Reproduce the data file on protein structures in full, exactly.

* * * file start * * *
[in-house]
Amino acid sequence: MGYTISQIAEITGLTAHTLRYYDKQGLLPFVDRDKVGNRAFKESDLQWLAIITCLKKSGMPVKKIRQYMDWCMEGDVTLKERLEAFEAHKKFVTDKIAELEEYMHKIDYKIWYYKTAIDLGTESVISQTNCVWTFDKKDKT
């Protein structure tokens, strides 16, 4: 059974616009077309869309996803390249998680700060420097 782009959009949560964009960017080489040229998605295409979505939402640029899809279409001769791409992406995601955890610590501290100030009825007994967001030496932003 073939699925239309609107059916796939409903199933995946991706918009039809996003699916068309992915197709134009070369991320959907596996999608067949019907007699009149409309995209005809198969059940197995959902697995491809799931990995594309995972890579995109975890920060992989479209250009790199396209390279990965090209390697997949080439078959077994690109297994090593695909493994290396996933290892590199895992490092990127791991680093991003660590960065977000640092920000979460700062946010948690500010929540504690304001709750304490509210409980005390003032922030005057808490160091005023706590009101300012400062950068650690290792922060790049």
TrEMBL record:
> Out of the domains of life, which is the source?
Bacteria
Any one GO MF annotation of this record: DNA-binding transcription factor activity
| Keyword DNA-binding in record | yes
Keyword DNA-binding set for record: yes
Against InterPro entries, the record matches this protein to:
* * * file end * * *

[in-house]
Amino acid sequence: MGYTISQIAEITGLTAHTLRYYDKQGLLPFVDRDKVGNRAFKESDLQWLAIITCLKKSGMPVKKIRQYMDWCMEGDVTLKERLEAFEAHKKFVTDKIAELEEYMHKIDYKIWYYKTAIDLGTESVISQTNCVWTFDKKDKT
């Protein structure tokens, strides 16, 4: 059974616009077309869309996803390249998680700060420097 782009959009949560964009960017080489040229998605295409979505939402640029899809279409001769791409992406995601955890610590501290100030009825007994967001030496932003 073939699925239309609107059916796939409903199933995946991706918009039809996003699916068309992915197709134009070369991320959907596996999608067949019907007699009149409309995209005809198969059940197995959902697995491809799931990995594309995972890579995109975890920060992989479209250009790199396209390279990965090209390697997949080439078959077994690109297994090593695909493994290396996933290892590199895992490092990127791991680093991003660590960065977000640092920000979460700062946010948690500010929540504690304001709750304490509210409980005390003032922030005057808490160091005023706590009101300012400062950068650690290792922060790049």
TrEMBL record:
> Out of the domains of life, which is the source?
Bacteria
Any one GO MF annotation of this record: DNA-binding transcription factor activity
| Keyword DNA-binding in record | yes
Keyword DNA-binding set for record: yes
Against InterPro entries, the record matches this protein to: